Looting and vandalism in cities across the country have dealt another blow to small businesses that were already reeling from the coronavirus outbreak.
911 tax hike means Hamilton County has cash to spend
An income tax hike going into effect next year will generate millions of dollars more than needed—a windfall government officials are eyeing to help pay for other public safety initiatives.Read More
Council approves Hogsett’s $1.2B budget, with focus on public safety, infrastructure
The 2020 spending plan—which passed 22-2—is projected to spend about $171,500 less than the city will receive in revenue. Officials say that makes it the city’s third consecutive balanced budget since Hogsett—who is seeking re-election—took office in 2016.Read More
Experts say CIB is thin on liability coverage for event venues
The board carries $56 million in liability insurance for its facilities, including a $1 million general liability policy and a $55 million umbrella policy.Read More
The Stadium Village Business Association, which represents more than 200 businesses south of downtown, decried the property damage caused by weekend riots and a “lack of leadership” from city officials.
Gov. Eric Holcomb’s remarks were made during a press conference Monday afternoon—the first time he has spoken publicly since protests started in Indianapolis and other areas of the state on Friday.
Indianapolis Mayor Joe Hogsett implemented a curfew after a weekend of violent protests, riots and vandalism that led to two deaths, dozens of arrests and damage to at least 30 downtown businesses.
Legislation that bans drivers from holding or using cell phones while operating a motor vehicle passed the Indiana House and Senate on Tuesday and awaits Gov. Eric Holcomb’s signature.
The airline industry expects the first annual decline in global passenger demand in 17 years, after tallying up the initial impact of the thousands of flights canceled because of the coronavirus outbreak in China.
The group adopted the sweeping stance at a policy-making meeting in San Diego. It aims to lobby for state and federal laws, regulations or legal action to achieve a ban, but the industry is sure to fight back.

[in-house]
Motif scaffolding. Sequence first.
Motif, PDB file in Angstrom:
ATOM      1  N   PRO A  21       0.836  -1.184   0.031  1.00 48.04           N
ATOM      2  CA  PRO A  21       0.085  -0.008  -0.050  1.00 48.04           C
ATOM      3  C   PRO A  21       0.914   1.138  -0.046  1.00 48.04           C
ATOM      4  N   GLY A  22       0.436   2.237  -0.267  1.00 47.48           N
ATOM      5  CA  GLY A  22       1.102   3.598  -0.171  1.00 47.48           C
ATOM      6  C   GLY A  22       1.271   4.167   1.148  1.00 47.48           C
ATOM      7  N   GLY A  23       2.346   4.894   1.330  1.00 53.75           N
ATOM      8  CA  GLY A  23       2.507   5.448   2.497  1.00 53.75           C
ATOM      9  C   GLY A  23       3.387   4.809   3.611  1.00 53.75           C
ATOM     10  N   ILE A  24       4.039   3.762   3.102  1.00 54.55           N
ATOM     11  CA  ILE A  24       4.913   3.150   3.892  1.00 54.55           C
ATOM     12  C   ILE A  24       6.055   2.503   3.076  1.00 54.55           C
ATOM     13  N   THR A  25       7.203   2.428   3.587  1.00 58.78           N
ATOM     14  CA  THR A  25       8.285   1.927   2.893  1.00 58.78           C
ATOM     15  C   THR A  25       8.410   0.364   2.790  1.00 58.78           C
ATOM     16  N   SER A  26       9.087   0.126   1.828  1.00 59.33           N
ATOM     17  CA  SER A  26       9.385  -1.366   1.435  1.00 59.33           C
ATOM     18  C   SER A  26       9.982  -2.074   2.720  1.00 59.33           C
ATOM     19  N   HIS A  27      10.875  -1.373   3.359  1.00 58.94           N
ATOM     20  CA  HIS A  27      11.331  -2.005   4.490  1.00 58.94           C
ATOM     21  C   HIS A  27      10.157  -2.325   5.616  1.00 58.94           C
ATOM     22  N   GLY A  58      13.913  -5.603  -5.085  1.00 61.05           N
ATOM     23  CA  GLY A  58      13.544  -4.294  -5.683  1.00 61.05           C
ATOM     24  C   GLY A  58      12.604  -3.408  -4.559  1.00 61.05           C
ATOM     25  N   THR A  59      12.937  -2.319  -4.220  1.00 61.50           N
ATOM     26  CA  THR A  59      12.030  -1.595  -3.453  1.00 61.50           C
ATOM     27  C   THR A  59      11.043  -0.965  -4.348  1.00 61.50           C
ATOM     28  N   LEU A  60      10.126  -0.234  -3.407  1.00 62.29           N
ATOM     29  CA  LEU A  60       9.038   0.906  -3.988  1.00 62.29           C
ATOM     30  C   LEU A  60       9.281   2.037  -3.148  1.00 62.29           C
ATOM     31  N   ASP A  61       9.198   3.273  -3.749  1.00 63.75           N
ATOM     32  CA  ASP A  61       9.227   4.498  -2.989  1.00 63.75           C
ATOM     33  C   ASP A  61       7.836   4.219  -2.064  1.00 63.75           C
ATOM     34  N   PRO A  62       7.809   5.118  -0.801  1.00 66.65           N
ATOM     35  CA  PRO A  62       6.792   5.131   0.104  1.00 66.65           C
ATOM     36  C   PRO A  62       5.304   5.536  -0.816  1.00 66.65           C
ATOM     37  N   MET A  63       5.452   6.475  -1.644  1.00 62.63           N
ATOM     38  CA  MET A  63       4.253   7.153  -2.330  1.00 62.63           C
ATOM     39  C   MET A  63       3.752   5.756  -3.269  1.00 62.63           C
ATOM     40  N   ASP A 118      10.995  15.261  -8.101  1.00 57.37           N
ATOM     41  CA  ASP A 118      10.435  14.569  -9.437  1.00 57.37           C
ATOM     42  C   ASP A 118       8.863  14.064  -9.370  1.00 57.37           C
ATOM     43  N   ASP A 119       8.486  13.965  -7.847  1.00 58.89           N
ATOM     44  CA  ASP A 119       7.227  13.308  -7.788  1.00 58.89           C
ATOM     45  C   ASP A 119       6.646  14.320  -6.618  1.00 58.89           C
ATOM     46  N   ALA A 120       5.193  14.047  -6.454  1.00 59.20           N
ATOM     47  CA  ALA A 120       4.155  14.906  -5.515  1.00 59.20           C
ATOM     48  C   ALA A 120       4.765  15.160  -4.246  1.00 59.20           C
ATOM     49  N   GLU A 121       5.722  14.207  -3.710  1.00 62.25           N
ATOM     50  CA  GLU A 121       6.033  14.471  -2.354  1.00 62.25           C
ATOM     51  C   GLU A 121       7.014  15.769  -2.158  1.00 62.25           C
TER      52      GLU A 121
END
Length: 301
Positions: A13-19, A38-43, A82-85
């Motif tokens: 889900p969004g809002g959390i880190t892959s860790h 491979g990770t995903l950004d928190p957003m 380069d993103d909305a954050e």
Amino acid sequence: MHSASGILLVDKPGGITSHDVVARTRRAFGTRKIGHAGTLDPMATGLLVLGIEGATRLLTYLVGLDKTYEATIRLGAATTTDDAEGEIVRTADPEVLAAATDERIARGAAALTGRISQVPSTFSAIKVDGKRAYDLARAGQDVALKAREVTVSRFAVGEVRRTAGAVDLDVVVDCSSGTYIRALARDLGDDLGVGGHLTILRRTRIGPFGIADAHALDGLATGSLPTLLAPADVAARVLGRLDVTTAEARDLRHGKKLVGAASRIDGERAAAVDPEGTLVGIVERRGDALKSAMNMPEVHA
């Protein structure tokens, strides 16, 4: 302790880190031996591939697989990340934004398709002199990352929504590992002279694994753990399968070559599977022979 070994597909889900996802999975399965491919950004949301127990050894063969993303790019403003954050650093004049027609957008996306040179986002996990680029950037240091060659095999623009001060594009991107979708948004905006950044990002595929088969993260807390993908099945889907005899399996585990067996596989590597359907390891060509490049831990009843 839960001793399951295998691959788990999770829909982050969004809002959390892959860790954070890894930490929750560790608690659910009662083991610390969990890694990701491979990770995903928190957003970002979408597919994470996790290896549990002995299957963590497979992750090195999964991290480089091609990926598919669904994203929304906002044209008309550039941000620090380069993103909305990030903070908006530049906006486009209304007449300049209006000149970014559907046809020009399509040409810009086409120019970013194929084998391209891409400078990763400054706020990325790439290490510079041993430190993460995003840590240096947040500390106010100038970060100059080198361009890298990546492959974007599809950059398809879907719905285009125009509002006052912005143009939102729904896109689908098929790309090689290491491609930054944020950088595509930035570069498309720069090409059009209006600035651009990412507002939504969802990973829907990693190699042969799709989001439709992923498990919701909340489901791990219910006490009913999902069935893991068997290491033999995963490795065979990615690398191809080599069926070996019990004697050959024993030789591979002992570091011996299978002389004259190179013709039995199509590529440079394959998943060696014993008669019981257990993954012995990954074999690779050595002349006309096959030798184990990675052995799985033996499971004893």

The National Transportation Safety Board criticized the U.S. Coast Guard on Wednesday for ignoring suggestions they say might have prevented last year’s Missouri accident that killed 17 people, including nine members of an Indiana family.
The justices rejected an appeal from Remington Arms that argued it should be shielded by a 2005 federal law preventing most lawsuits against firearms manufacturers when their products are used in crimes.
Indiana has more than 250 high-hazard dams, a term used when a failure likely would result in the loss of human life. Of those, 65 are rated in poor or unsatisfactory condition
The police and fire departments at Indianapolis International Airport have been non-union since 2011, when the airport authority withdrew its recognition of employee unions.
The funding from the United States Agency for International Development will go toward Purdue’s new Feed the Future Innovation Lab for Food Safety.
Jim Merritt, who will formally announce his campaign Thursday afternoon, told IBJ he was running for mayor because he “loves my city,” and is concerned about the city’s high number of murders and “rampant homelessness.”
The groups say the EPA’s handling of the site formerly used by electronics manufacturer Amphenol involved “serious mismanagement.”
Minority Leader Mike McQuillen, who said the purpose of the proposal was intended to curb panhandling and increase the sense of safety downtown, withdrew the proposal.
The unemployment rate is so low that the U.S. economy risks slipping into recession due to lack of labor. Businesses should consider hiring ex-offenders and other prospects that they previously have avoided, according to a chief economic strategist for Fifth Third Bank.
The Trump administration on Wednesday finalized a policy change that allows some employers with religious or moral objections to opt out of providing no-cost birth control for female workers.
Indiana lawmakers listened to more than three hours of testimony Thursday afternoon about whether Indiana should allow for medical marijuana usage but did not come to any consensus on the issue.
A preliminary audit of the sheriff’s office budget and operations, being conducted for the city by consulting firm KPMG, follows a dispute last year over the agency’s budget.
Local Fraternal Order of Police President Rick Snyder called the billboard a "canary in the coalmine," saying that the Indianapolis Metropolitan Police Department has been losing officers to other cities at an alarming rate.